Boss fights also have a nice variety to them, as you’ll take on ships, huge machinery, giant penned creatures, and other oddities. Every so often the game will throw you a curve ball in terms of boss weaknesses. The previously mentioned creatures have a unique mechanic where they are only susceptible to gas spouted from vents around their pen. Players will have to act like bait to lure the creatures to their untimely deaths.

Expendables is a surprisingly long game – about 4 hours start to finish. Blissfully you’re allowed to save between levels and have the ability to earn extra lives along the way. With a limited number of continues however, the game becomes a daunting challenge. Like Smash TV’s confined spaces, Expendables can put too many characters firing way too many bullets on screen at any given time. Despite have a health bar, there are 1 hit kills, or more painfully multiple enemies who can do quarter-health damage.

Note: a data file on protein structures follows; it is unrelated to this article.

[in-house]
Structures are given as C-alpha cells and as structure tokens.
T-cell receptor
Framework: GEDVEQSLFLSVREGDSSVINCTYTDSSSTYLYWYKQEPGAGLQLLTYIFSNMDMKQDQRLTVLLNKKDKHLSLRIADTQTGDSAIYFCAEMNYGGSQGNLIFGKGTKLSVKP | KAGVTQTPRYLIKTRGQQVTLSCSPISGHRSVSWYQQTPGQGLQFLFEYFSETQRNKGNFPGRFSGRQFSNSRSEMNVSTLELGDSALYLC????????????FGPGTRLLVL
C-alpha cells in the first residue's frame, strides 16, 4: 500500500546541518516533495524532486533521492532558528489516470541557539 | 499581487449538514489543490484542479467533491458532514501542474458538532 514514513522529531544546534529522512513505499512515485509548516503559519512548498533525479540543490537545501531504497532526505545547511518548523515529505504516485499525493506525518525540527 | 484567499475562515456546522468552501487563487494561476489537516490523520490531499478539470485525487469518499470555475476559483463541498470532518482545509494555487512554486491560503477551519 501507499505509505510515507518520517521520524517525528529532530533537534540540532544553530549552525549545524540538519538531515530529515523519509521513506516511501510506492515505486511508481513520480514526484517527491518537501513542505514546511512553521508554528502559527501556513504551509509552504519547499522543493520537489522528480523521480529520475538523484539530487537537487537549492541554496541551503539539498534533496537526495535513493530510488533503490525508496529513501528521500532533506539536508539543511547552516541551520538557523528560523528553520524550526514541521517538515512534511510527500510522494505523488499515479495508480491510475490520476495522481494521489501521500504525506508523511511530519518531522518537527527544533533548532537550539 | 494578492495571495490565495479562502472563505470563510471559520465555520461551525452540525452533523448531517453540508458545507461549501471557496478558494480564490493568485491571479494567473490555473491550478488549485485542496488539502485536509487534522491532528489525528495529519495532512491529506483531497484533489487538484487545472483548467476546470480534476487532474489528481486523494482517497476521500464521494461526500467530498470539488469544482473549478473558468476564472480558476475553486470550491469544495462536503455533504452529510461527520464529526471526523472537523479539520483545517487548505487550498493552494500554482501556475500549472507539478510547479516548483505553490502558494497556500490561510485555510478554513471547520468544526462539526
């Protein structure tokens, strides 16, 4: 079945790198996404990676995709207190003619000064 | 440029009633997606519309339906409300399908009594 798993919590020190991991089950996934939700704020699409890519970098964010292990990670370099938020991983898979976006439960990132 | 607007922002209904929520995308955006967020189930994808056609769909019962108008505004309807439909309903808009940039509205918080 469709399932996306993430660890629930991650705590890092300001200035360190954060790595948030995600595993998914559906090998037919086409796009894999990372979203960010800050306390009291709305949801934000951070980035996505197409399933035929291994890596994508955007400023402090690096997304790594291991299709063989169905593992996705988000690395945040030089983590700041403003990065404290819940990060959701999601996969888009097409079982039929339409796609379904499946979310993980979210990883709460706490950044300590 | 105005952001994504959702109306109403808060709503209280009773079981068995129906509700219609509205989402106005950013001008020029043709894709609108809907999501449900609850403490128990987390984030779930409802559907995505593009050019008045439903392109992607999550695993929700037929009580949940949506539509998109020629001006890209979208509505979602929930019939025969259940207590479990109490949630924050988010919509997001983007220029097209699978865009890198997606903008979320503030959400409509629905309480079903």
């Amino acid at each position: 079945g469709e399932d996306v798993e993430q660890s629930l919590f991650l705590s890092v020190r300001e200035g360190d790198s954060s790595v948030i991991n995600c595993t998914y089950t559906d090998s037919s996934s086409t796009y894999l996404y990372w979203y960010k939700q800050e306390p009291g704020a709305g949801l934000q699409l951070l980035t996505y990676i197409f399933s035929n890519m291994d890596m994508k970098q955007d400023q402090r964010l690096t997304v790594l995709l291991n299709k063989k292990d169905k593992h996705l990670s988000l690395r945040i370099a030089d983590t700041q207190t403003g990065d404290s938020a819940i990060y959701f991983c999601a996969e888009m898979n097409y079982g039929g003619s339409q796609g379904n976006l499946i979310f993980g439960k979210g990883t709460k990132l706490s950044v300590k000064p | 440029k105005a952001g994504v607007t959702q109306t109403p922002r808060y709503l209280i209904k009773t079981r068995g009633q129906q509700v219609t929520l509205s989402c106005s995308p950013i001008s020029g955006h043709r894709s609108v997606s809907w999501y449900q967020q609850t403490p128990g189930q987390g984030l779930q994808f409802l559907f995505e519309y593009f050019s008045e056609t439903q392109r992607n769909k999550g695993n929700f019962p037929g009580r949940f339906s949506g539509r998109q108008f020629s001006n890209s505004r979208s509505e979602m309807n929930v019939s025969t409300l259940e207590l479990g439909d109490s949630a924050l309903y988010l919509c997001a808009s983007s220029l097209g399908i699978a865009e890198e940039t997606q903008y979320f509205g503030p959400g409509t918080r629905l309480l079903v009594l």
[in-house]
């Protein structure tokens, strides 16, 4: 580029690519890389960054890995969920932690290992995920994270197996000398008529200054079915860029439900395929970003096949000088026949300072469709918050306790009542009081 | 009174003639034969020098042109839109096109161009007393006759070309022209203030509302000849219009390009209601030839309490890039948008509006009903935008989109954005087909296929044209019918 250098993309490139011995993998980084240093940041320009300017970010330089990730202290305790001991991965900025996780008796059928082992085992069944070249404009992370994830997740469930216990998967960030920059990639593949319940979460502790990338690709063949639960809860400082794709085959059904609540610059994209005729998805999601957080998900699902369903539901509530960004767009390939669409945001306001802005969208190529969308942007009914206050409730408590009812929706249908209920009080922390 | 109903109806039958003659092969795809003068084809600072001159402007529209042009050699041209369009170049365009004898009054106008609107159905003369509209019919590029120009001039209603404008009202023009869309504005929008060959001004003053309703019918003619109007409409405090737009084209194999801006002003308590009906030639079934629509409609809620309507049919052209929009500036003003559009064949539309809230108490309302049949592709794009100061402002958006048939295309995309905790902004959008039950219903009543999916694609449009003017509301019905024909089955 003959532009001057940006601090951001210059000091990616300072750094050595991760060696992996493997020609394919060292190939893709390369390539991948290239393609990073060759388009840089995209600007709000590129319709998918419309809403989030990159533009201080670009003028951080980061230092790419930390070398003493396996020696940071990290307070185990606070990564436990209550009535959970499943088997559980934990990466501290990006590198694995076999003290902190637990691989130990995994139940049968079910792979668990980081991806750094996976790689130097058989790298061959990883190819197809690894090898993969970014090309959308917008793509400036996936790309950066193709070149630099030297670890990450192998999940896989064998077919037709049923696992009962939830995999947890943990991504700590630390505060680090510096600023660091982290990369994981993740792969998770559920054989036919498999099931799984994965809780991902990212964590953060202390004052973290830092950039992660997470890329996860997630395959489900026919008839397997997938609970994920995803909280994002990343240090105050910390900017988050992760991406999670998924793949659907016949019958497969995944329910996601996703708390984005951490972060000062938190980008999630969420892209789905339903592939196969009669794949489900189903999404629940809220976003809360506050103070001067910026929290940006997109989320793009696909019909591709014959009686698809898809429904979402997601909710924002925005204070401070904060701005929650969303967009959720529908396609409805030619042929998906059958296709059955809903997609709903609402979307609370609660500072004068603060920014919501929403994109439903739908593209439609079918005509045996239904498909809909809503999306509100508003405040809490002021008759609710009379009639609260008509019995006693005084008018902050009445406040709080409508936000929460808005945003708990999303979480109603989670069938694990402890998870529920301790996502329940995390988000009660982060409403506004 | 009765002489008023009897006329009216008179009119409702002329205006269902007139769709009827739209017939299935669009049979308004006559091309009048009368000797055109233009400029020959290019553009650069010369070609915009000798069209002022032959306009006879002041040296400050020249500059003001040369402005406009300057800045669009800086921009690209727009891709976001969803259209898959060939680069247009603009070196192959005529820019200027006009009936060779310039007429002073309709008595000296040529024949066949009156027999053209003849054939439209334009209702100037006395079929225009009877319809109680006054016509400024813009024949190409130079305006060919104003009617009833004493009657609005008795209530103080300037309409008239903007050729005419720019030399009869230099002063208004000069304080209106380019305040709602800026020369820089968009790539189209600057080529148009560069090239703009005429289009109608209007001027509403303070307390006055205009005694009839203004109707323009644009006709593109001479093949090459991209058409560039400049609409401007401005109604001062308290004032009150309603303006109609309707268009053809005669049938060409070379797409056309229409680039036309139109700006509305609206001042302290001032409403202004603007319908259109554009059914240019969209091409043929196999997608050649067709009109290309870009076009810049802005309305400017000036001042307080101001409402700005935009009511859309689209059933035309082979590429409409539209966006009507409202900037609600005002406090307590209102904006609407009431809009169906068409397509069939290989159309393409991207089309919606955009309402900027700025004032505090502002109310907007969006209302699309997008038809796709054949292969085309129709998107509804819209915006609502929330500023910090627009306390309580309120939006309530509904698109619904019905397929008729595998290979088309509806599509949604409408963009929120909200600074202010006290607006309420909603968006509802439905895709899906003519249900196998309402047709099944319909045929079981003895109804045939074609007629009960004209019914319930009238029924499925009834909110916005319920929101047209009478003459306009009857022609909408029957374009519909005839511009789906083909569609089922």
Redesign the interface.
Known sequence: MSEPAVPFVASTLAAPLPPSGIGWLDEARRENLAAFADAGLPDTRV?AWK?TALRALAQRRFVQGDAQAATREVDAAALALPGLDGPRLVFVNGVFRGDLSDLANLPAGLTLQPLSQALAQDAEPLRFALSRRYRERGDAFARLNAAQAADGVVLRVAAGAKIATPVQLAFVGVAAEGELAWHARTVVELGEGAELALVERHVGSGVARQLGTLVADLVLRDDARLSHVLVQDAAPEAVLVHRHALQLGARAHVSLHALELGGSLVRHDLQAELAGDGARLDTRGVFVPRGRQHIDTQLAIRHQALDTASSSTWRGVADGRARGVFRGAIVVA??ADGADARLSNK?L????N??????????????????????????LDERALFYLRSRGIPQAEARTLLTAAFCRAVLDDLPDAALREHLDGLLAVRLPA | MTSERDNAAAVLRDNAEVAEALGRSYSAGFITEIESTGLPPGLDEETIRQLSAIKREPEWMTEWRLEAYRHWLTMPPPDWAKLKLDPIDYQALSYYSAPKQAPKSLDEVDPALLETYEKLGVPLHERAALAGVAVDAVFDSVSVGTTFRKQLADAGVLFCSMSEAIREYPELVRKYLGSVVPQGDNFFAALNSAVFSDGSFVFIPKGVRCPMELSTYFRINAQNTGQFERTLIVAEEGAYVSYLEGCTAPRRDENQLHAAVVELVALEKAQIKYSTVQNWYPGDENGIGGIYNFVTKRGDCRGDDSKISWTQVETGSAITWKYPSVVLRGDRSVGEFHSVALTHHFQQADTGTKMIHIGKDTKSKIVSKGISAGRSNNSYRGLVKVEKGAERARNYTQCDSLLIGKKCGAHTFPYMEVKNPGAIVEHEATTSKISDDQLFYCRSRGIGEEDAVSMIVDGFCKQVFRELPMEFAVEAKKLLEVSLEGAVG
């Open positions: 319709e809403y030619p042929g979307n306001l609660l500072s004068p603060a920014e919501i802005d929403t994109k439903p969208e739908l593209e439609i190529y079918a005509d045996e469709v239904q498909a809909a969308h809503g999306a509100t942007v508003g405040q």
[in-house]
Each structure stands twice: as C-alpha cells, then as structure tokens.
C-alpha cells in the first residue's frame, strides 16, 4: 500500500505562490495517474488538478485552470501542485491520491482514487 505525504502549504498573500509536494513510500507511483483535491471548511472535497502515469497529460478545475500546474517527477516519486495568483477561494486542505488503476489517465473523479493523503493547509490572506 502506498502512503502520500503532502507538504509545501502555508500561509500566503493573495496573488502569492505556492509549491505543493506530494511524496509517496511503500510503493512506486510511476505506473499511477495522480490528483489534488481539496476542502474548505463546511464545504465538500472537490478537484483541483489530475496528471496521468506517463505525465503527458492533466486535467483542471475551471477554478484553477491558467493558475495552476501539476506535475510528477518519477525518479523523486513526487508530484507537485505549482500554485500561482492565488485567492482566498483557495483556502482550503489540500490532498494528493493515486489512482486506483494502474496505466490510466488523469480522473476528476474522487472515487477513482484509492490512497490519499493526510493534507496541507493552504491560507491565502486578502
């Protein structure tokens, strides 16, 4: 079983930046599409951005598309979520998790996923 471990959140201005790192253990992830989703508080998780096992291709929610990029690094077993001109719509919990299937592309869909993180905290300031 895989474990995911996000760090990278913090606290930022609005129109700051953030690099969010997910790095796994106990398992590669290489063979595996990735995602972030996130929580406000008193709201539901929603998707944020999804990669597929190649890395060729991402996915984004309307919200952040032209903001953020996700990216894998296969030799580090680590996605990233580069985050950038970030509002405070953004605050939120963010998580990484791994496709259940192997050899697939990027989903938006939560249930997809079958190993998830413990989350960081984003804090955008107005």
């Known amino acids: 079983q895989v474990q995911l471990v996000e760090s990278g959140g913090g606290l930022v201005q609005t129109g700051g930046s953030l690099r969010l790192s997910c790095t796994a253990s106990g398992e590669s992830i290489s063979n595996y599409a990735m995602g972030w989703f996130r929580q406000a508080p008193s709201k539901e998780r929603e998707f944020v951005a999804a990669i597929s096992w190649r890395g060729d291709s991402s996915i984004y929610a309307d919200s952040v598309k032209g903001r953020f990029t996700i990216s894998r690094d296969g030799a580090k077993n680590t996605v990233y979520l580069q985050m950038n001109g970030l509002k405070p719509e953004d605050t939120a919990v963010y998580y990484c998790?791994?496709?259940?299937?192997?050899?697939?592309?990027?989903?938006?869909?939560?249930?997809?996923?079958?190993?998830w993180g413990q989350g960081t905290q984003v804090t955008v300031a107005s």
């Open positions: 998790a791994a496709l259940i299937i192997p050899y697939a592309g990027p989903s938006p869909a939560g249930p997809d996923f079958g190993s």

There’s a section in the game I lovingly refer to as my quarter life crisis, as three of these enemies are present and I just kept getting my ass handed to me. Having played this on the normal difficulty with a GameShark used for infinite lives, I can not fathom how one would finish it under normal circumstances given how brutal some sections can be.

Gamers looking for secondary challenges will be pleasantly surprised. Various secrets are hidden through-out, and like everything else in the game, their locations are just as random as ever. One might be hidden inside a hostage, one might just be a hidden path off the main road, while one was just killing off an enemy solider lounging in a life preserver in a pool.